Carotid endarterectomy (CEA) is the most commonly performed procedure to prevent stroke, with approximately 99,000 operations performed nationally in 2006. Over the last decade, carotid artery stenting (CAS) has emerged as a minimally invasive alternative to CEA. Recent results from the CREST trial suggest that stroke and death occur less frequently with CEA; however, myocardial infarction occurs more frequently with CEA. While CEA remains the gold-standard therapy, many interventionalists continue to reserve CAS for “high-risk” patients, as defined by anatomic and/or medical criteria. Usual postoperative course Expected postoperative hospital stay Since complications from either procedure typically occur within the first 12–24 hours, patients are usually discharged within the first 1–2 days following the operation. Operative mortality Mortality following CAS or CEA is less than 1%, and is mostly due to complications of stroke or myocardial infarction. Special monitoring required Patients in the post-anesthesia care unit are monitored with an arterial line for a period of 2–4 hours to assess for wide fluctuations in blood pressure. Ideally, the patient’s postoperative blood pressure should be similar to the preoperative blood pressure. If medications are required to maintain a patient’s blood pressure, he/she is then transferred to the ICU for 24 hour monitoring and appropriate anti-hypertensive or vasopressor medication administration.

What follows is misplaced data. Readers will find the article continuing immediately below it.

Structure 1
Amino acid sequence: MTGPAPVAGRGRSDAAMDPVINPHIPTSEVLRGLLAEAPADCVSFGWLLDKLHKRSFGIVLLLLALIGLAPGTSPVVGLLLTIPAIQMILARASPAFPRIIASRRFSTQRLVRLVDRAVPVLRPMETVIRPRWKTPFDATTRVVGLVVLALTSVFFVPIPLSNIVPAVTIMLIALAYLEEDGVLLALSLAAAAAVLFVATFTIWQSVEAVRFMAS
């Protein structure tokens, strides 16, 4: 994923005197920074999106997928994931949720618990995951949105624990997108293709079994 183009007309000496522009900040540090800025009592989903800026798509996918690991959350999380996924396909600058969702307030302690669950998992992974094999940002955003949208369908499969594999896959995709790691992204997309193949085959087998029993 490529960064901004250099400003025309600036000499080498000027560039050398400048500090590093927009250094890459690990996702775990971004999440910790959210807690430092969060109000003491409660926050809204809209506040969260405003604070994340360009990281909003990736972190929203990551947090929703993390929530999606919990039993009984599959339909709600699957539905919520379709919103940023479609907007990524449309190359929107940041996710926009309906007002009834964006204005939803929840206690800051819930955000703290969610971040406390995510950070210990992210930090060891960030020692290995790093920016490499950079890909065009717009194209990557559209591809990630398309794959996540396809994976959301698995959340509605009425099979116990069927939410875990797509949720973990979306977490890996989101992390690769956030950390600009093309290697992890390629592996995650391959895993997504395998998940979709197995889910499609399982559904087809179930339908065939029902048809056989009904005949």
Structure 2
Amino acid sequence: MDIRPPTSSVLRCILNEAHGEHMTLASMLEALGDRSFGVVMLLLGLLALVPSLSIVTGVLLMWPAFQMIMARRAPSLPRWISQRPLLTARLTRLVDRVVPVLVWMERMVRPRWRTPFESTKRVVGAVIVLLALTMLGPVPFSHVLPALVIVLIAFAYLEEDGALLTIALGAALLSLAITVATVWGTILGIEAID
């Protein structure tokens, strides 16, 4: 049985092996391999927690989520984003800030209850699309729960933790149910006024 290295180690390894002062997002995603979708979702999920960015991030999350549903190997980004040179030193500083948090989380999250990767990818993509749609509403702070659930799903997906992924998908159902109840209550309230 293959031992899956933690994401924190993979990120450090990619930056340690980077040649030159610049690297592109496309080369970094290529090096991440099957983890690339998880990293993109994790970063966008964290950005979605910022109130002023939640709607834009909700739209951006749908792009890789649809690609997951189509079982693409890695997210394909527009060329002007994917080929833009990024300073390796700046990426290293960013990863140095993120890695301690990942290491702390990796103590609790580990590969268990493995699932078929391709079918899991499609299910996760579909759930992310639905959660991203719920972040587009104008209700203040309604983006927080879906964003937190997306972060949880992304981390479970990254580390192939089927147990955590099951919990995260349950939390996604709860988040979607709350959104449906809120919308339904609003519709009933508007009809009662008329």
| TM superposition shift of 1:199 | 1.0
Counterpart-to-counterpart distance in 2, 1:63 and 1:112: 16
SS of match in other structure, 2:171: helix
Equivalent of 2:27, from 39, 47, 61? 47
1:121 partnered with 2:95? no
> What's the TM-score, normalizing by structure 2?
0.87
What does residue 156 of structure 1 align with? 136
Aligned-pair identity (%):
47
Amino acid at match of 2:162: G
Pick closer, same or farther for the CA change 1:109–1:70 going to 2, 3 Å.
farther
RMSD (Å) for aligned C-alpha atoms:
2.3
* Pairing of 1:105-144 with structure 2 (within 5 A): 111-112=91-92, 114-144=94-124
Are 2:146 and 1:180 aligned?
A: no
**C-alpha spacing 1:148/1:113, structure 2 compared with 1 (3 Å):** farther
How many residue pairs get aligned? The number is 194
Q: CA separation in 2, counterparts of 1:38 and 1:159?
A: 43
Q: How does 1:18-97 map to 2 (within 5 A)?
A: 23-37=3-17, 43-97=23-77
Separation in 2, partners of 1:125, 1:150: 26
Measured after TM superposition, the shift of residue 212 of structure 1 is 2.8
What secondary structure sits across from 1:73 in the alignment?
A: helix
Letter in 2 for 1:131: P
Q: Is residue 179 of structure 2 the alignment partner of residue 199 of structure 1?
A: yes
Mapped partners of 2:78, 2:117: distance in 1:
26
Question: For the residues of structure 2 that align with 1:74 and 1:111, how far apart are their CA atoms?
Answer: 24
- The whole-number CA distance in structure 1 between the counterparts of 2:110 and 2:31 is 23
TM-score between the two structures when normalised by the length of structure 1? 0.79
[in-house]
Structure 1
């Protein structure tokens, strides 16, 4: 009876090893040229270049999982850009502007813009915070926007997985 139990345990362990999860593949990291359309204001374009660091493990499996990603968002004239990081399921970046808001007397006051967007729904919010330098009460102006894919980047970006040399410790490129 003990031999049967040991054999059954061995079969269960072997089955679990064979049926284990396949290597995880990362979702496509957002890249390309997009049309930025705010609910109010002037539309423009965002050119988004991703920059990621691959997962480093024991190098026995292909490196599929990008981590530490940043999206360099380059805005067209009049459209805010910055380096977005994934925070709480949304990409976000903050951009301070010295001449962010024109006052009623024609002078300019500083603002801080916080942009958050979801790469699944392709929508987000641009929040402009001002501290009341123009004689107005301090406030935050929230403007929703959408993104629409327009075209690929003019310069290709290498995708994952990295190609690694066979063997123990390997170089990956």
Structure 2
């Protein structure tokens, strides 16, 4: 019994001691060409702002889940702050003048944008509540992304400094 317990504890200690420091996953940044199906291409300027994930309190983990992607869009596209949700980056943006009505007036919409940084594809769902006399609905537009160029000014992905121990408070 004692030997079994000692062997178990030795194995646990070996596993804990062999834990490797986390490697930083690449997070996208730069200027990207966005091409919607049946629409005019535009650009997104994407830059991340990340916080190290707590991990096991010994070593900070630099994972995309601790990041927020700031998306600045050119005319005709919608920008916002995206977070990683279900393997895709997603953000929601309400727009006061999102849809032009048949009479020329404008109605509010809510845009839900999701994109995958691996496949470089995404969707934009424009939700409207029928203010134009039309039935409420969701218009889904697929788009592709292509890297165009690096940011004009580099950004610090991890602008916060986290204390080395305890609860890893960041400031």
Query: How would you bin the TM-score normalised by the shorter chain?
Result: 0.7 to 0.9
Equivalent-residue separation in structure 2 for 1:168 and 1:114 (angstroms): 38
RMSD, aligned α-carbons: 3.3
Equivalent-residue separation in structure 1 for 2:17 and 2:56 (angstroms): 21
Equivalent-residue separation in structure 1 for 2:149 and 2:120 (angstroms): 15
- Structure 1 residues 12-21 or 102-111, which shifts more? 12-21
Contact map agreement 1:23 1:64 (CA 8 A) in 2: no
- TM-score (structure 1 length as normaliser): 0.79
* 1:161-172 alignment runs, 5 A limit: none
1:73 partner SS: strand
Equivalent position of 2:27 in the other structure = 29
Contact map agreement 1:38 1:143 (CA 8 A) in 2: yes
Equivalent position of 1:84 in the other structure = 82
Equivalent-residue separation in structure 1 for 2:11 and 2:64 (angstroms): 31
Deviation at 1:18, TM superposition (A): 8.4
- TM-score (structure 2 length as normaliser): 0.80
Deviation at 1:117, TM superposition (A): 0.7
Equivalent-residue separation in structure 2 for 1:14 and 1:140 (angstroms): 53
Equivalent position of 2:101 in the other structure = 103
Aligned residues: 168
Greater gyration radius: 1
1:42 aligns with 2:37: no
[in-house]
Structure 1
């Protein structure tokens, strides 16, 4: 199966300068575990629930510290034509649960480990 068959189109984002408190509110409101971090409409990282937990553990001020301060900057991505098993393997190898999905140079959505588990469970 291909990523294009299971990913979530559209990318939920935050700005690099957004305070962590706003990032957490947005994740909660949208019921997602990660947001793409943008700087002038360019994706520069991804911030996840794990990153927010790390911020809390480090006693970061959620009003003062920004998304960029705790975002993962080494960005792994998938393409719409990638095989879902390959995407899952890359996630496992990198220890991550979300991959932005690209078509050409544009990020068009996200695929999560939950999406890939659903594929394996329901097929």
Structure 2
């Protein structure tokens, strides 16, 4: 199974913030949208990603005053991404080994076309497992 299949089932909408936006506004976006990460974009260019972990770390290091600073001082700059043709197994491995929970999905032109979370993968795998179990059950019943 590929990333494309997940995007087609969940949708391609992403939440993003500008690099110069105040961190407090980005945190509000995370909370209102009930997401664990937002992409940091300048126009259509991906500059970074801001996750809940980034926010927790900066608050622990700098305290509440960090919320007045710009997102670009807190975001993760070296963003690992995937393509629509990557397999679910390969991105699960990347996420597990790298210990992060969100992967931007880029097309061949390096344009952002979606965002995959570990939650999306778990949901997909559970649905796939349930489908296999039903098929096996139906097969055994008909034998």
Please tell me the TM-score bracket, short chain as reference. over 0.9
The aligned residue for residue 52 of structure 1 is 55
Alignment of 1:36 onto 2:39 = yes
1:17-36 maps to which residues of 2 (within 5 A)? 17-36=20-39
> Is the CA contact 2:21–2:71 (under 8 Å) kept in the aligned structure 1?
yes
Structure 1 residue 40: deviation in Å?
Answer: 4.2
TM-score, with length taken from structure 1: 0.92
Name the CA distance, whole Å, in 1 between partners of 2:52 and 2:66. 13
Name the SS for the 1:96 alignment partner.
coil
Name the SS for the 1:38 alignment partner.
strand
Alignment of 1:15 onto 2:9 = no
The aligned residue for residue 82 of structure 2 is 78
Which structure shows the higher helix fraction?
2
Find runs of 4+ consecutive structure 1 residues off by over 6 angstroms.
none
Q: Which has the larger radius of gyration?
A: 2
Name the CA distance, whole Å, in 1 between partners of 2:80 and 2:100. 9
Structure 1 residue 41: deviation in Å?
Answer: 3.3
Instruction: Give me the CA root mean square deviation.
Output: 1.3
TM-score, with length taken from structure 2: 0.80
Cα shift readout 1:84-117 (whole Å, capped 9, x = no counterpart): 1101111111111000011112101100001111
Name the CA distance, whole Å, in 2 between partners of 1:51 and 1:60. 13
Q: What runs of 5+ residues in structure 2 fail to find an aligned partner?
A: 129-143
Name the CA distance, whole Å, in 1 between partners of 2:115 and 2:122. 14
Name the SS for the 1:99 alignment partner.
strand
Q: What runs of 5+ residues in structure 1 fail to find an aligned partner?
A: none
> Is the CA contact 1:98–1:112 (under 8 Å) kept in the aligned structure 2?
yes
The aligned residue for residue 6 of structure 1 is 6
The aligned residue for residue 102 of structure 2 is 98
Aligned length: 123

|Original language||English (US)|
|Title of host publication||Medical Management of the Surgical Patient|
|Subtitle of host publication||A Textbook of Perioperative Medicine, Fifth Edition|
|Publisher||Cambridge University Press|
|Number of pages||3|
|State||Published - Jan 1 2010|
ASJC Scopus subject areas